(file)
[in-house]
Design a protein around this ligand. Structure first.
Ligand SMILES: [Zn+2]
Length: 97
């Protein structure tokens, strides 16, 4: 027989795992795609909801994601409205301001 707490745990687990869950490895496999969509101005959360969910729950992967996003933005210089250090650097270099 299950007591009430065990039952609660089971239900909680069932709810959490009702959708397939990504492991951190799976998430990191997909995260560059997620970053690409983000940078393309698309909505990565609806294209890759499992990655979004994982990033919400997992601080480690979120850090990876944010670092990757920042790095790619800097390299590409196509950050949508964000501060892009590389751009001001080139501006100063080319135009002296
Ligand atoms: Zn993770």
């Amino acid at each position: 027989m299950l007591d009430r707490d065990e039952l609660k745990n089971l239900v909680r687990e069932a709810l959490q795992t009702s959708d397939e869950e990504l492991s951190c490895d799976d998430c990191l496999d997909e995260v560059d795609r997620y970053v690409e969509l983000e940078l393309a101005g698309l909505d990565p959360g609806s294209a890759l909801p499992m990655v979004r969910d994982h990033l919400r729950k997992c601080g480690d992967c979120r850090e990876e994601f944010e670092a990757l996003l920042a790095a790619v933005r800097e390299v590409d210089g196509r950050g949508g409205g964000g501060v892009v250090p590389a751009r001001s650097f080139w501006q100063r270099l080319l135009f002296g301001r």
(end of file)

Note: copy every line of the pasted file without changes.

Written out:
[in-house]
Design a protein around this ligand. Structure first.
Ligand SMILES: [Zn+2]
Length: 97
């Protein structure tokens, strides 16, 4: 027989795992795609909801994601409205301001 707490745990687990869950490895496999969509101005959360969910729950992967996003933005210089250090650097270099 299950007591009430065990039952609660089971239900909680069932709810959490009702959708397939990504492991951190799976998430990191997909995260560059997620970053690409983000940078393309698309909505990565609806294209890759499992990655979004994982990033919400997992601080480690979120850090990876944010670092990757920042790095790619800097390299590409196509950050949508964000501060892009590389751009001001080139501006100063080319135009002296
Ligand atoms: Zn993770």
């Amino acid at each position: 027989m299950l007591d009430r707490d065990e039952l609660k745990n089971l239900v909680r687990e069932a709810l959490q795992t009702s959708d397939e869950e990504l492991s951190c490895d799976d998430c990191l496999d997909e995260v560059d795609r997620y970053v690409e969509l983000e940078l393309a101005g698309l909505d990565p959360g609806s294209a890759l909801p499992m990655v979004r969910d994982h990033l919400r729950k997992c601080g480690d992967c979120r850090e990876e994601f944010e670092a990757l996003l920042a790095a790619v933005r800097e390299v590409d210089g196509r950050g949508g409205g964000g501060v892009v250090p590389a751009r001001s650097f080139w501006q100063r270099l080319l135009f002296g301001r």